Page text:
This picture taken by North Korean's official Korean Central News Agency on Dec. 8 and released Dec. 9 shows North Korean leader Kim Jong Un, center, attending the enlarged meeting of the Political Bureau of the Central Committee of the Workers' Party of Korea in Pyongyang. (KNS/AFP/Getty Images)

North Korea on Monday confirmed its purge of Jang Song Thaek, the uncle of supreme leader Kim Jong Un, saying that he abused drugs, disobeyed orders and worked in secret to build up his base of power.

The North said Jang was relieved of all posts and expelled from the Workers’ Party after a meeting Sunday of top officials in Pyongyang. On Monday afternoon, North Korea’s state-run television showed footage of Jang being led out of the meeting by olive-suited state security members, as hundreds of other party members looked on.

Although the North has previously banished high-level leaders, never has it described their alleged transgressions in such detail, some analysts said. The statement about Jang, released by the state-run news agency, ran nearly 1,400 words and said dissent would not be tolerated under its “monolithic leadership system,” with Kim as the “unitary center.”

The statement came six days after South Korea’s spy agency briefed select lawmakers in Seoul on Jang’s likely removal.

Jang, 67, had been installed as a caretaker for the third-generation power handoff by Kim Jong Il, who died two years ago. Until recently, Jang was one of Kim Jong Un’s closest lieutenants, accompanying him at public events nationwide and last year representing him at a meeting in Beijing with Chinese President Xi Jinping.

Jang’s removal marks the most significant shake-up under Kim Jong Un, and some experts see the unusually vivid account as a public warning against disloyalty.

“This means Kim Jong Un punishes his political rivals more severely than Kim Jong Il,” said Cheong Seong-chang, a senior North Korea analyst at Seoul’s Sejong Institute.

According to the North’s statement, Jang’s crimes ran the gamut. He disobeyed the orders of Kim Jong Un and obstructed the work of previous leaders Kim Il Sung and Kim Jong Il. He tried to build up his power base — one with ideals different from those of the state — and was “double-dealing behind the scene.” In his personal life, Jang was “dissolute and depraved,” as well as corrupt.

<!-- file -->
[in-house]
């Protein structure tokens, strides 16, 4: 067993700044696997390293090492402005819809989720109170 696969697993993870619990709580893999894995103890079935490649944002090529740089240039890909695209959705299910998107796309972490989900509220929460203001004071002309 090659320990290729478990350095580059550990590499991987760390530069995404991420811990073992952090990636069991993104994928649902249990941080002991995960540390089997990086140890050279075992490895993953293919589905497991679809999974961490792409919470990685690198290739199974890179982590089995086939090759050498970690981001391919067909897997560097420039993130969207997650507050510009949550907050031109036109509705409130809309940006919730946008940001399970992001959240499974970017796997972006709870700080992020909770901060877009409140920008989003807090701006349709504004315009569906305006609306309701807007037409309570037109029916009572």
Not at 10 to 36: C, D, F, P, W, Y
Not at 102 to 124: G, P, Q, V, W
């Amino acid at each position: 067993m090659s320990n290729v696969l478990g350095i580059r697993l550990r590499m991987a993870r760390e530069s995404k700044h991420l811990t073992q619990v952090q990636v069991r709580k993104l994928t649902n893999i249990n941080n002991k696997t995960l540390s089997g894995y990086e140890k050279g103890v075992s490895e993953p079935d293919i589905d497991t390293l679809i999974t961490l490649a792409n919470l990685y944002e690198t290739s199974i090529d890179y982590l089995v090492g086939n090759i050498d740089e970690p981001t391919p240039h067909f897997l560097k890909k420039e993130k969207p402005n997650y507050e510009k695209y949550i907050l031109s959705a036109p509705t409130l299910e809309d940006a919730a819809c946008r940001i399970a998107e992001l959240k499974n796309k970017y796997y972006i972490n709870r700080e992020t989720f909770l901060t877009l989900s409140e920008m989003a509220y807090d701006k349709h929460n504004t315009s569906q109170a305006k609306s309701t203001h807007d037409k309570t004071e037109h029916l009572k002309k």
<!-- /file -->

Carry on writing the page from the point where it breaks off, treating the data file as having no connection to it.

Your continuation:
“By abusing his power, he was engrossed in irregularities and corruption, had improper relations with several women, and was wined and dined at back parlors of deluxe restaurants,” the North said. “Ideologically sick and extremely idle and easygoing, he used drugs and squandered foreign currency at casinos while he was receiving medical treatment in a foreign country under the care of the party.”

North Korea’s announcement did not say whether Jang had been punished beyond his expulsion from the party. It also did not mention his wife, Kim Kyong Hui, who is Kim Jong Un’s aunt and holds power of her own. Some analysts, including Ken E. Gause, an expert on North Korean leadership at CNA Strategic Studies in Alexandria, Va., say Jang and Kim Kyong Hui have been estranged since the 1990s.

Last week, South Korea’s unification minister, Ryoo Kihl-jae, told lawmakers he did not think Jang has been physically harmed.

In his two years in power, Kim has restocked the middle levels of the Workers’ Party and military with younger members who have vowed their loyalty. But removing Jang is riskier, some analysts say, because he is skilled at building agreement and keeping Kim insulated from contentious decisions.

“Maybe in the near term this maybe enhances Kim Jong Un’s image or the power around him,” Gause said. “But this still, ultimately, can go really wrong. You’ve removed from the center of things a person who knew how the system worked and who was apparently a good consensus-builder.”

Some analysts say Jang was deeply involved in programs that earned foreign currency for the government. He also helped oversee a special economic zone in the port city of Rason aimed at attracting investment from China and Russia.

In addition to removing Jang, North Korea also purged his followers, the statement said, though it offered no additional details. South Korean media reports in recent days said that Jang’s relatives, including the ambassadors to Malaysia and Cuba, were recalled to Pyongyang and removed from their posts. Seoul’s spy agency said that two Jang aides were executed last month.

“Jang and his followers did not sincerely accept the line and policies of the party,” the North said.

Yoonjung Seo contributed to this report.